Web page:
Azerbaijan to submit to UNESCO group dance Yalli in 2017

By Amina Nazarli

Azerbaijan’s traditional dances can be awarded protection by the UN cultural organization, as the country will soon appeal for including the dances “Kocheri” and “Yalli” into the UNESCO Representative List of Intangible Cultural Heritage of Humanity.

Ph.D Atesh Ahmadli, a senior research fellow at the Azerbaijani National Academy of Sciences (ANAS), said the country will send the relevant documents for approval of these dances as cultural heritage of the Azerbaijani people.

Ahmadli told Trend that each country has the right to make a nomination only once in two years for approval into UNESCO's list of "intangible heritage" – centuries-old practices which are being eroded by globalization and urbanization

The UN agency is better known for awarding world heritage status to monuments and natural wonders, but starting 2006 it has also recognized elements of living heritage, such as songs, festivals, languages and religious rites.

Last year unique copper craftsmanship of Ismayilli region’s small village of Lahij was included in the UNESCO Representative List of Intangible Cultural Heritage of Humanity.

That’s why Azerbaijan will be able to submit an application for the national dances in 2017, Ahmadli said.

So far, UNESCO’s Heritage list includes eight samples of Azerbaijani heritage including the Novruz holiday, Azerbaijani mugham, Azerbaijani ashig art, the Azerbaijani carpet, traditional Kalagayi headwear, national musical instrument “tar”, Lahij’s copper craftsmanship and Chovgan game.

Kocheri is a kind of ancient Azerbaijani dance “Yalli”, which is depicted on the rock carvings in Gobustan dating to 10,000-8,000 years BC.

The famous “Divani luget” dictionary of the 11th century by eminent Turkish philologist Mahmud Kashgari, includes the word “kocheri”, meaning “koch-goch” (male ram), and the word “kochmek”, meaning "to move from one place to another".

The initial form of Yalli, performed around a ceremony bonfire, have the meaning of hot, light and meal. The word “yal” in Azerbaijani means row, line of chain.

Today, Yalli is performed as cheerful circular dance, often accompanied by choral singing at the weddings. Dancers hold hands or shoulders with each other and perform synchronous rhythmic motion, raising and lowering their arms.

Yalli is performed under different rhythms, and have a number of kinds including kochari, uchayag, tello, tenzere and galadangalaya.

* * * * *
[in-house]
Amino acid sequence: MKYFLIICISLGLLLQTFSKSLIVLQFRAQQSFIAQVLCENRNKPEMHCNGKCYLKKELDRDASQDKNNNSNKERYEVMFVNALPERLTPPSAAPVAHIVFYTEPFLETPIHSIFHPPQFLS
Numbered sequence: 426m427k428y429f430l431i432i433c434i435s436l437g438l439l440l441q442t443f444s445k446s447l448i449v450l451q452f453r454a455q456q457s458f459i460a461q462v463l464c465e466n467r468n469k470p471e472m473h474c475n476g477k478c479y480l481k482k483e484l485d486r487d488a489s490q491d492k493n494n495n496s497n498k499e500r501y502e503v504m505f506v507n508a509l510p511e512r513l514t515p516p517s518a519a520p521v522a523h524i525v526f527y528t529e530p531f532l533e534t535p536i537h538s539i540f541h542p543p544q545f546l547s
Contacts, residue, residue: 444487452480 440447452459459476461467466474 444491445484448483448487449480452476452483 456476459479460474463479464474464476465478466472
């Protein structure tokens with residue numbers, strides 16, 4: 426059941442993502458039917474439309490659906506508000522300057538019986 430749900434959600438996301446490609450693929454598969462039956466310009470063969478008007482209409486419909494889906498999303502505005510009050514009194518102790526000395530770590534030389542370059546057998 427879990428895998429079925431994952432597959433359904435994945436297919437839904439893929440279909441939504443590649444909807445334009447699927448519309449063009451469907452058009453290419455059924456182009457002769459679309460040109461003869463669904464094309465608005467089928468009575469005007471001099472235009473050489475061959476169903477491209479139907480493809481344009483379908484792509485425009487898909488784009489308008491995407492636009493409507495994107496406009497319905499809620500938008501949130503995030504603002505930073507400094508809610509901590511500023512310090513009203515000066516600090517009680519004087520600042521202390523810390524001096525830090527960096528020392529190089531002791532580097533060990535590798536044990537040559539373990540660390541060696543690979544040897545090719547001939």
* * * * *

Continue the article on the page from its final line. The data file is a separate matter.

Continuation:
Reminding that these dances are related to Turkish traditions, Ahmadli said that hostile neighbor Armenia wants to assign Kocheri as Armenian national value.

Armenia, which occupied 20 percent of Azerbaijani territory in late 1990s, is also targeting the ancient culture and traditions of the Azerbaijani people.

Last year Armenia attempted to present Kocheri as an Armenian folklore dance at the 10th session of the UNESCO Intergovernmental Committee for Safeguarding of the Intangible Cultural Heritage held in Namibia.

The committee returned the nominated file to the Armenian side, which received a negative assessment from the organization based on five criteria.

The Azerbaijan Copyright Agency prevented an attempt in 2011 when an Armenian representative tried to introduce the dance as "Armenian" during Eurovision Song Contest. The Agency launched an investigation and submitted to the World Intellectual Property Organization a detailed reference based on historical data and etymology of the “kochari” word.

Many times, Armenia tried to grab Azerbaijani songs “Sari Gelin” “Susen Sunbul”, dances “Yalli,” “Uzundere,” “Vagzali,” as well as ancient musical instruments like tar, balaban, zurna and even works by prominent Azerbaijani composers such as Uzeyir Hajibeyli, Kara Karayev and Fikret Amirov.

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Amina Nazarli is AzerNews’ staff journalist, follow her on Twitter: @amina_nazarli

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